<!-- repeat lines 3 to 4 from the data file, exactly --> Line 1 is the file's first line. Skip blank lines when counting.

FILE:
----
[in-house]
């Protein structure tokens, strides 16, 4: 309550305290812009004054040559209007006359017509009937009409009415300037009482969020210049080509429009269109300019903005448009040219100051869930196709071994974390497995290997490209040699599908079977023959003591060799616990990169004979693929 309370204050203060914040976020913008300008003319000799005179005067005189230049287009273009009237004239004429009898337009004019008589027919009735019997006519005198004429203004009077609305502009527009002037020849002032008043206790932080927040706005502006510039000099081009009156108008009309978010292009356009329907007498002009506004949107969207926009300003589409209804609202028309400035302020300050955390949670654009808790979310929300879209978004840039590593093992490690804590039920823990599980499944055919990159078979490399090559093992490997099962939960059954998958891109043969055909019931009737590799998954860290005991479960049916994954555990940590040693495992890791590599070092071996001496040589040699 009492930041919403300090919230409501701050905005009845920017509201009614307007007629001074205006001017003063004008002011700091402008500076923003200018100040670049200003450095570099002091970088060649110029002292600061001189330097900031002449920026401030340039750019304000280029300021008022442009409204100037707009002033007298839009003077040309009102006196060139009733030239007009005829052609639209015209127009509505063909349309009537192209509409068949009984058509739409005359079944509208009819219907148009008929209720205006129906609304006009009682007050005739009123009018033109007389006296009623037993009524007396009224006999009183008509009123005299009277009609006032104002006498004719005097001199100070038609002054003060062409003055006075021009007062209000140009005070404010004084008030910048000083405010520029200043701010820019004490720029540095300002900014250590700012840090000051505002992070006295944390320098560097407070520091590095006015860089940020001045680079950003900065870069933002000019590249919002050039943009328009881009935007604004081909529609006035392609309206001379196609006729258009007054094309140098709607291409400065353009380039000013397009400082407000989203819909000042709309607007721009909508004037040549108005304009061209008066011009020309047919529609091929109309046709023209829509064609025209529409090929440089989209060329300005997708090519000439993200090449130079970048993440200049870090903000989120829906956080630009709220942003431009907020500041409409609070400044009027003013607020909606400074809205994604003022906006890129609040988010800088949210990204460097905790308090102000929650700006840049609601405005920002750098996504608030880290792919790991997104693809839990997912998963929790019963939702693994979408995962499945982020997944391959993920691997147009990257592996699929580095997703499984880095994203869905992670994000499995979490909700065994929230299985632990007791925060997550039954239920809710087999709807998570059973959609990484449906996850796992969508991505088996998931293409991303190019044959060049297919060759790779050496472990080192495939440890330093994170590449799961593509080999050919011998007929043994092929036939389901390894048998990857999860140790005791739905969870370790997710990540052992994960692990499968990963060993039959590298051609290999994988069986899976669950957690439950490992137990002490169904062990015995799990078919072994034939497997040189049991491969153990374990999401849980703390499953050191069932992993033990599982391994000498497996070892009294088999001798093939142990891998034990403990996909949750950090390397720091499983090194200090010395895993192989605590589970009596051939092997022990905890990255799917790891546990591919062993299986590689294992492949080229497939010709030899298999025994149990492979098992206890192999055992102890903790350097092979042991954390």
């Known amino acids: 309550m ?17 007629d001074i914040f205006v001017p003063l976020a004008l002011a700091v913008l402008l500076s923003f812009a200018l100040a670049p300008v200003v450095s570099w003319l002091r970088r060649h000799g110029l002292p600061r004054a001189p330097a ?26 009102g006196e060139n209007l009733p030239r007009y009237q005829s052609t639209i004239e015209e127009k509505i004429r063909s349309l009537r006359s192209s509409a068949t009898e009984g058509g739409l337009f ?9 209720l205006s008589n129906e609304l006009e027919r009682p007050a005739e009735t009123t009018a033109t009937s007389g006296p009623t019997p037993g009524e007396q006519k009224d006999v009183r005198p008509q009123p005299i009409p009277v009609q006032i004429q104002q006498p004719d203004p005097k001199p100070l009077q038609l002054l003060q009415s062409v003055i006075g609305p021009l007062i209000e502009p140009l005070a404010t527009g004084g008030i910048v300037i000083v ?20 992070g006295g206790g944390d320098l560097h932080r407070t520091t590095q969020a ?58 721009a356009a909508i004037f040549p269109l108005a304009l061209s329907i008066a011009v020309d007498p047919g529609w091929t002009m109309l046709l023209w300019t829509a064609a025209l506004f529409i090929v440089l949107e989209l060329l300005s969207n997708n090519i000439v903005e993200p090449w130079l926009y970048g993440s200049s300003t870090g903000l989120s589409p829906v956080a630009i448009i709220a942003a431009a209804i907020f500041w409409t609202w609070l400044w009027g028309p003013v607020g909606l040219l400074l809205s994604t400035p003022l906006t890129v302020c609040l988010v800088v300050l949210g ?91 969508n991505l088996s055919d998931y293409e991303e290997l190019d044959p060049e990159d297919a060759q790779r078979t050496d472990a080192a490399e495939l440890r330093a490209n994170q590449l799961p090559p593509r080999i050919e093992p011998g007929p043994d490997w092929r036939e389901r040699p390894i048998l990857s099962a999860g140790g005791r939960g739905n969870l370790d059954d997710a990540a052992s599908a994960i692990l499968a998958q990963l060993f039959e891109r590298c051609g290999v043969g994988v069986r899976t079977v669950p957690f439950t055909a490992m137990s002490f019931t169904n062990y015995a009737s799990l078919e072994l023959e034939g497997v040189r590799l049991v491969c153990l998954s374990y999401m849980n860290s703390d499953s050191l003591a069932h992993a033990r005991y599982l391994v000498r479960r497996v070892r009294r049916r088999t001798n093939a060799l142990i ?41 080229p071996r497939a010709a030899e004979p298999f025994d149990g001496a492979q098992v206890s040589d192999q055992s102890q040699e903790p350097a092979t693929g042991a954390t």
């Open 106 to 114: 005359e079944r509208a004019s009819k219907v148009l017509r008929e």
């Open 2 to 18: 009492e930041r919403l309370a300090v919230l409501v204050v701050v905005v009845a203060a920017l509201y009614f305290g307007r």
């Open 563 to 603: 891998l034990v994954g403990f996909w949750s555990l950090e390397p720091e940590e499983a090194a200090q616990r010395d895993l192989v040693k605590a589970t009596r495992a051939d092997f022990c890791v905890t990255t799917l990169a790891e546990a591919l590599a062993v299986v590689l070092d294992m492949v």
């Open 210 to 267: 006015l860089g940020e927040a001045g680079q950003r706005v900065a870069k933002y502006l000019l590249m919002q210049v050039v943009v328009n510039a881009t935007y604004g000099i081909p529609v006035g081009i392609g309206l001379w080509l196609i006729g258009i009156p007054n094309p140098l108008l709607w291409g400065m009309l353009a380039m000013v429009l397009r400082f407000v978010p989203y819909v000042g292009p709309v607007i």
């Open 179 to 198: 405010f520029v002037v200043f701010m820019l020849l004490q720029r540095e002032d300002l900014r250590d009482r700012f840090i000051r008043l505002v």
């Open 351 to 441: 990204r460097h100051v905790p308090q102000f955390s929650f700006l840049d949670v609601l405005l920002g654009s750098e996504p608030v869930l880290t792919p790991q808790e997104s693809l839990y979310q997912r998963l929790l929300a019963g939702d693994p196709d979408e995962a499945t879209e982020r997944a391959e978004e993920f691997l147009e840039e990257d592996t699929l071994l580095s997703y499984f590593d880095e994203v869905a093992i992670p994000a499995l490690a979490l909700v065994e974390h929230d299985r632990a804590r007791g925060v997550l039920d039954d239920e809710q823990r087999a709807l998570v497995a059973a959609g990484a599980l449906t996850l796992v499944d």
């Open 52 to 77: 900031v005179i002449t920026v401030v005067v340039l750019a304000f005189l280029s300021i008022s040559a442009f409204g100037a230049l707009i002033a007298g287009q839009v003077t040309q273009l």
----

């Known amino acids: 309550m ?17 007629d001074i914040f205006v001017p003063l976020a004008l002011a700091v913008l402008l500076s923003f812009a200018l100040a670049p300008v200003v450095s570099w003319l002091r970088r060649h000799g110029l002292p600061r004054a001189p330097a ?26 009102g006196e060139n209007l009733p030239r007009y009237q005829s052609t639209i004239e015209e127009k509505i004429r063909s349309l009537r006359s192209s509409a068949t009898e009984g058509g739409l337009f ?9 209720l205006s008589n129906e609304l006009e027919r009682p007050a005739e009735t009123t009018a033109t009937s007389g006296p009623t019997p037993g009524e007396q006519k009224d006999v009183r005198p008509q009123p005299i009409p009277v009609q006032i004429q104002q006498p004719d203004p005097k001199p100070l009077q038609l002054l003060q009415s062409v003055i006075g609305p021009l007062i209000e502009p140009l005070a404010t527009g004084g008030i910048v300037i000083v ?20 992070g006295g206790g944390d320098l560097h932080r407070t520091t590095q969020a ?58 721009a356009a909508i004037f040549p269109l108005a304009l061209s329907i008066a011009v020309d007498p047919g529609w091929t002009m109309l046709l023209w300019t829509a064609a025209l506004f529409i090929v440089l949107e989209l060329l300005s969207n997708n090519i000439v903005e993200p090449w130079l926009y970048g993440s200049s300003t870090g903000l989120s589409p829906v956080a630009i448009i709220a942003a431009a209804i907020f500041w409409t609202w609070l400044w009027g028309p003013v607020g909606l040219l400074l809205s994604t400035p003022l906006t890129v302020c609040l988010v800088v300050l949210g ?91 969508n991505l088996s055919d998931y293409e991303e290997l190019d044959p060049e990159d297919a060759q790779r078979t050496d472990a080192a490399e495939l440890r330093a490209n994170q590449l799961p090559p593509r080999i050919e093992p011998g007929p043994d490997w092929r036939e389901r040699p390894i048998l990857s099962a999860g140790g005791r939960g739905n969870l370790d059954d997710a990540a052992s599908a994960i692990l499968a998958q990963l060993f039959e891109r590298c051609g290999v043969g994988v069986r899976t079977v669950p957690f439950t055909a490992m137990s002490f019931t169904n062990y015995a009737s799990l078919e072994l023959e034939g497997v040189r590799l049991v491969c153990l998954s374990y999401m849980n860290s703390d499953s050191l003591a069932h992993a033990r005991y599982l391994v000498r479960r497996v070892r009294r049916r088999t001798n093939a060799l142990i ?41 080229p071996r497939a010709a030899e004979p298999f025994d149990g001496a492979q098992v206890s040589d192999q055992s102890q040699e903790p350097a092979t693929g042991a954390t």
């Open 106 to 114: 005359e079944r509208a004019s009819k219907v148009l017509r008929e």